A high-throughput polymer microarray approach for identifying defined substrates for mesenchymal stem cells†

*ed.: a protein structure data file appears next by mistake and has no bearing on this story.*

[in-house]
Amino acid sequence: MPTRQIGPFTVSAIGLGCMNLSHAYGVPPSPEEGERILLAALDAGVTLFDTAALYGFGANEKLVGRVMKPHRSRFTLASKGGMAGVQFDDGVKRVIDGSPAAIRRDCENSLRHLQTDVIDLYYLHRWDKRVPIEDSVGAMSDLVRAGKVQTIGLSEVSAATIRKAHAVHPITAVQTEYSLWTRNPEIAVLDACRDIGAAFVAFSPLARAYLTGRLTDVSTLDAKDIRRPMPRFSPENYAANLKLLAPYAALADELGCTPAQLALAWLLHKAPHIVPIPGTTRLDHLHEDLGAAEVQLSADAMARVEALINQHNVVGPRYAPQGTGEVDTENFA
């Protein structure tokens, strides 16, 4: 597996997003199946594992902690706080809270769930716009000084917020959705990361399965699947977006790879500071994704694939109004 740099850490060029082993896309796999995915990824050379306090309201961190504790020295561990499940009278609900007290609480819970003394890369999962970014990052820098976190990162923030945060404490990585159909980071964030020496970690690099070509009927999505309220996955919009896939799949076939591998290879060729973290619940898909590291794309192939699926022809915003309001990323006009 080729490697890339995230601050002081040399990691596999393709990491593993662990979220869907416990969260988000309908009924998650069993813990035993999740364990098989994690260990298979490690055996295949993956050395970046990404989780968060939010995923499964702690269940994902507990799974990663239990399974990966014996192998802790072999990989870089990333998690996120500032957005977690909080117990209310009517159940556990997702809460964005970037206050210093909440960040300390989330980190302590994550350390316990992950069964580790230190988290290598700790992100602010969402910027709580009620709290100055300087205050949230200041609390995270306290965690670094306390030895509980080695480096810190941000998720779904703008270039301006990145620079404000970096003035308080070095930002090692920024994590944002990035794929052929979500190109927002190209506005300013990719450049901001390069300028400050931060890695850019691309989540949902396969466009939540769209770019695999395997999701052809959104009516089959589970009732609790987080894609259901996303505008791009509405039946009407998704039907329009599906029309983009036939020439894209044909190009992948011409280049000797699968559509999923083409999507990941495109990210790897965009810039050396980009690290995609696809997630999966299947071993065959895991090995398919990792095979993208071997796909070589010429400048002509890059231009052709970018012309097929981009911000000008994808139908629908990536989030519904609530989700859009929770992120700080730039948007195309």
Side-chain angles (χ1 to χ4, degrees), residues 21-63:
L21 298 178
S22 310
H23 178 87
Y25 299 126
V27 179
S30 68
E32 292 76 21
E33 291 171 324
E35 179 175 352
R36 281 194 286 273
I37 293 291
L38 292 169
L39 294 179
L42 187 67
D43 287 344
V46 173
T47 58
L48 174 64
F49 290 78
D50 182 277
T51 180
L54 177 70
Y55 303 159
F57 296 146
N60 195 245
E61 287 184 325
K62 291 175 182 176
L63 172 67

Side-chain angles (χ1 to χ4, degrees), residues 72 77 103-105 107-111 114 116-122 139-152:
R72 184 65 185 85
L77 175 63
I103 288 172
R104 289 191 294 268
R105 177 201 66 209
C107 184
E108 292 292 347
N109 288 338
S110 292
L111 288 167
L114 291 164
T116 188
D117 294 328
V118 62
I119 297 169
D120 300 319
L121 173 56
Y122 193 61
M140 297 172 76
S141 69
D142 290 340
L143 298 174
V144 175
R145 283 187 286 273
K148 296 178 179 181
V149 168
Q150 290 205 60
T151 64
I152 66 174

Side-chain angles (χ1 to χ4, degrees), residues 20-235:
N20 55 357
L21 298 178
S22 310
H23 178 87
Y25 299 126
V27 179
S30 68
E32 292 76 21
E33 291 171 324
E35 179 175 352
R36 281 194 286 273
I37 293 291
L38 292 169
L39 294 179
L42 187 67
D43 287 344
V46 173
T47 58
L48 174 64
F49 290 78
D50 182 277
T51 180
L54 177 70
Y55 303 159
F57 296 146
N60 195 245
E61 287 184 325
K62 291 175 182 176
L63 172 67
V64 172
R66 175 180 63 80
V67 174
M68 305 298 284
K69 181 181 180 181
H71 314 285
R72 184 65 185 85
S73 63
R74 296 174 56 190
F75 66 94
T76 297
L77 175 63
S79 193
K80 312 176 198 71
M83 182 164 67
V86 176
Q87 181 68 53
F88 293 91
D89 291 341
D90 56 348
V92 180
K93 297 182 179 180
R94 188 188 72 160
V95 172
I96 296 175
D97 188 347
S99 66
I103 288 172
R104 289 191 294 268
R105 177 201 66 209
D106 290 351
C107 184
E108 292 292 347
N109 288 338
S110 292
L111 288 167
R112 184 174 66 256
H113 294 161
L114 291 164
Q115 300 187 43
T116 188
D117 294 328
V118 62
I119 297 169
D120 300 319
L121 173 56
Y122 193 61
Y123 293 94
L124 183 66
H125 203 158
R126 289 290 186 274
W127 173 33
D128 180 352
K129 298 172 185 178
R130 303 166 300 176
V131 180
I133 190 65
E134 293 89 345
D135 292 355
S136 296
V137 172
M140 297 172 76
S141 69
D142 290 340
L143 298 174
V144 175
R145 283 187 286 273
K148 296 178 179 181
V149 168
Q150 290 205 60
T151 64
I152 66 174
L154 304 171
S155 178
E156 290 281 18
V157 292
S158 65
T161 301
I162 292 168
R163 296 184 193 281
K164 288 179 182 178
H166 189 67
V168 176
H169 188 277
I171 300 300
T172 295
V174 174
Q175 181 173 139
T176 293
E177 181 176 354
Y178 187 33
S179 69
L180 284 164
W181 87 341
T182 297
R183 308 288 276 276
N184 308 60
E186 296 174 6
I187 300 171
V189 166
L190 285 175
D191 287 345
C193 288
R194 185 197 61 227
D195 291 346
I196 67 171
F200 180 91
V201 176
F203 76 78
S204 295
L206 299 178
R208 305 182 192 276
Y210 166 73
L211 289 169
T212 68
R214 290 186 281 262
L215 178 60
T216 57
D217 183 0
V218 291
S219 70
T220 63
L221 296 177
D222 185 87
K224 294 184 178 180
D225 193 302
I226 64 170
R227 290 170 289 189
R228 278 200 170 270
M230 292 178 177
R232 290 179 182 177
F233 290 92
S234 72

Mesenchymal stem cells (MSCs) hold great promise in regenerative medicine due to their wide multilineage potential as well as their ability to suppress/modulate the immune response. Maintaining these cells in vitro and expanding them on a clinically relevant scale remains a challenge that needs to be addressed to realise their full potential. Current culture methods for MSCs typically rely on animal sourced substrates and often result in a heterogeneous population of cells with varying degrees of differentiation capacity. Here, a high-throughput platform was used to identify synthetic substrates for MSC culture that not only facilitated growth but also maintained the MSC phenotype. Two polymers, PU157 (synthesised from poly(butyleneglycol) and 4,4′-methylenediphenyldiisocyanate with 3-(dimethylamino)-1,2-propanediol as a chain extender) and PA338 (N-methylaniline modified poly(methylmethacrylate-co-glycidylmethacrylate)) were able to maintain the growth and phenotype of human embryonic derived mesenchymal progenitors (hES-MPs) and adipose derived MSCs (ADMSCs) for five and ten passages, respectively. Cell phenotype and multipotency were confirmed by flow cytometry analysis of ten MSC markers and differentiation analysis. These new polymer substrates provide a chemically defined synthetic surface for efficient, long-term MSC culture.